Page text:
Shabbat with a Jewish family: Last fall, my friend and I found ourselves in the home of a Jewish family for Shabbat, their Friday night ritual to reflect on the week, complete with wine-blessing, ritual hand-wash and home-made challah (braided bread) – thanks to EatWith, a platform that connects chefs hosting dinner at home with foodies! I would also love to EatWith a Nigerian Culinary Art student in NYC.

Sufi music: The Rumi worshipper fan in me was delighted to witness two mesmerizing performances by the acclaimed Amir Vahab and his ensemble. They read out Rumi’s poetry in Persian and performed with instruments like the tanbour, dating back over 5,000 years. The event was organized by the Iranian Society of Columbia University, and I could attend thanks to a friend who studies there. Case in point: Buddy up with a Columbia / NYU student!

Amir wahab, sufi music nyc, culture nyc
Amir Wahab and his ensemble. Photo via

A civil / criminal court in session: Learning that New York’s civil and criminal courts in session are open to the public was quite the discovery. Just for kicks, I decided to sit in on some arraignments, hearing the prosecution describe cases, the public defendant make impassioned defences, and the judge accept bail or not. It was quite like the movies, but also an eye opener in terms of racial disparity.

Harlem farmers market: Three words: Mangoes in fall! Every Tuesday (other than cold winter months), farmers from all over Harlem gather at 125th street to sell locally grown and produced vegetables, fruits, wines, pickles, bread and even vegan food. I’m not sure how mangoes make it here, but they are pretty darn good.


Also read:
The Coolest Way to Fly Out of India
How to Earn Money While Traveling

Where to stay in New York City

I mostly stayed with a friend on the upper west side of Manhattan, near Colombia University. I loved that area for its proximity to Riverside Park and easy access to the rest of Manhattan, yet far enough from the bustle of Midtown. You can try to find an Airbnb in that area; sign up with my referral link to get 15$ off your first stay!

On a recent short trip to NYC, I scored a sweet last-minute deal at Four Points by Sheraton (130$ a night, a steal for a city like New York) on Wall Street, in the heart of downtown, close to lots of awesome food and a direct train ride to the airport.

How to score a US tourist visa

I was quite hesitant to apply for my US tourist visa on my Indian passport, given the myths and stories surrounding how hard it is. Much to my surprise, scoring a 10-year visa was quite a breeze, compared to other visas I’ve applied for! Read all my tips on how to go about the US visa application process and what to expect in the visa interview.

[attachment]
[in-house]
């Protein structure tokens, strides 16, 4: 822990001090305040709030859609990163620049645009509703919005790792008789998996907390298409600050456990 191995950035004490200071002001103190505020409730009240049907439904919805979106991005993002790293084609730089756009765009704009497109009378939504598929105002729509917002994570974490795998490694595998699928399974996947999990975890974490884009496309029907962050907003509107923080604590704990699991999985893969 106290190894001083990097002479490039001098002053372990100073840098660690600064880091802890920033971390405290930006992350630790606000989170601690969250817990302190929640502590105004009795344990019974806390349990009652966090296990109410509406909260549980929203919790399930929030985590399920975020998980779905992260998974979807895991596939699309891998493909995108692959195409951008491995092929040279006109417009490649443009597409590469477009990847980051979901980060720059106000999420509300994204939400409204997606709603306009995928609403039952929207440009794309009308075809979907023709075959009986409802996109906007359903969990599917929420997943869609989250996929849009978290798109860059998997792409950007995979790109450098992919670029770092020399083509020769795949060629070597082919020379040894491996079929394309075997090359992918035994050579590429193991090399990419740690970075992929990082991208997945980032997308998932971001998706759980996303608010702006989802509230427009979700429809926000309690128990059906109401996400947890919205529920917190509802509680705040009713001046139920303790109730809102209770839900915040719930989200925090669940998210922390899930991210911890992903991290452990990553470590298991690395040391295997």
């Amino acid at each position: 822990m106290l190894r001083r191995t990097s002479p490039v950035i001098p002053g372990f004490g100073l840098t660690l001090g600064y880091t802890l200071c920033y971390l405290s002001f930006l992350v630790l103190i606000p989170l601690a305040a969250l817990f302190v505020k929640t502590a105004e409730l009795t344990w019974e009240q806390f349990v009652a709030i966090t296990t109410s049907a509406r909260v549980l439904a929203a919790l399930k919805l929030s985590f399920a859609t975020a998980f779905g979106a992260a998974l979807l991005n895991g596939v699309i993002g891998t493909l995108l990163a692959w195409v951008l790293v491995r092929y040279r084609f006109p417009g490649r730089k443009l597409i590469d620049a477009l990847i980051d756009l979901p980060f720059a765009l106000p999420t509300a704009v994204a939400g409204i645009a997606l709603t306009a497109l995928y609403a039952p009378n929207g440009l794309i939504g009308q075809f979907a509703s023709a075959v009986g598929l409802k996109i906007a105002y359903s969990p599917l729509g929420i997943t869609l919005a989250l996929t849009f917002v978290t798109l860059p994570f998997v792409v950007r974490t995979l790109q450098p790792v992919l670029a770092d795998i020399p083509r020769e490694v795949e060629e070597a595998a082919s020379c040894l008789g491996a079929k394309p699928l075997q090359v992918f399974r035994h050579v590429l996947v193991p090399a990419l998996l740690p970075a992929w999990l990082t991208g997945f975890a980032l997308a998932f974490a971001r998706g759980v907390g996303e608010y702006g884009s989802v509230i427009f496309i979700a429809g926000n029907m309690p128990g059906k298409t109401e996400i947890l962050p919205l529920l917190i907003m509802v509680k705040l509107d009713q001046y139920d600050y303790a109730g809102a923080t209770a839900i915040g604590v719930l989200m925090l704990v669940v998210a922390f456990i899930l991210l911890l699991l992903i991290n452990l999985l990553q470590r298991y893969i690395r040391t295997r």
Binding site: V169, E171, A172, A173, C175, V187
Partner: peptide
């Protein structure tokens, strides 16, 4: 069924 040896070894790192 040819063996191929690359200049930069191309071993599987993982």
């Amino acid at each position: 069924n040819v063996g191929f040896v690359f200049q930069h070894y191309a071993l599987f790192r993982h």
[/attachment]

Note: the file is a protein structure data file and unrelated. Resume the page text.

On my NYC wishlist

Cooking class with an immigrant family: I’ve recently joined as a traveling ambassador (more on that later), and would love to explore a new culture, cuisine and neighborhood in New York through League of Kitchens.

Korean food at Hangawi: My Korean food indulgence so far has been limited to a tofu bibimbaap, but the idea of an all vegan Korean menu at the traditional Hangawi restaurant has me drooling!

A rooftop bar: Back in my corporate days in Singapore, rooftop bars were my favorite indulgence. I have to think thrice about my funds now, but hitting a rooftop bar with a view of the NYC skyline – like The Press Lounge – is high on my list.

What does your dream trip to NYC look like?

If you’ve tried any of my wishlist experiences, let me know if they’re worth coughing up the money for. I’m all ears for new, unique things to add to it too!

Coming soon on the blog:

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Cover photo by Maik Hankemann.

The Shooting Star Academy

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  1. The Traveloholic says:

    Becoming a vegetarian and then vegan is a big leap for anybody especially if one has acquired a taste for meat. I personally can never imagine doing it for myself but you never know what future holds. Travelling can change us in ways that we can never imagine. It is the greatest teacher there is. Thanks for sharing this. Stay in touch. ๐Ÿ™‚

    1. That’s the most honest thought, and although after 12+ years of being vegetarian, I don’t miss meat any more, after almost 6 months of being vegan, I can still almost cry at the sight of a chocolate I loved but choose to no longer eat. But I think it will get better with time. Mentally and physically, I do feel different, and the road sort of gives me strength to keep going. You’re right, it is the best teacher in the most unexpected of ways.

      1. The Traveloholic says:

        I wish I had your courage and conviction mam ๐Ÿ™‚

  2. Monil Patel says:

    I’ve got a question, shivya. I’ll be in UK in a few days and if I’m to acquire schenghen visa from there, is it possible? You’ve been travelling long from one country to another. And I think you’re the best one to ask.

    1. Hi Monil, it’s usually tough to obtain a Schengen visa on an Indian passport in another country, but I’ve found that it’s not impossible. The first step is to write to / call the embassy in the UK that you plan to apply for a Schengen visa from, and try to convince them why you are unable to apply for one in India. If you have past Schengen visas, it definitely helps. But ultimately, it’s the embassy’s call. If you have a week or more in India still, I’d suggest you apply for one there – much easier!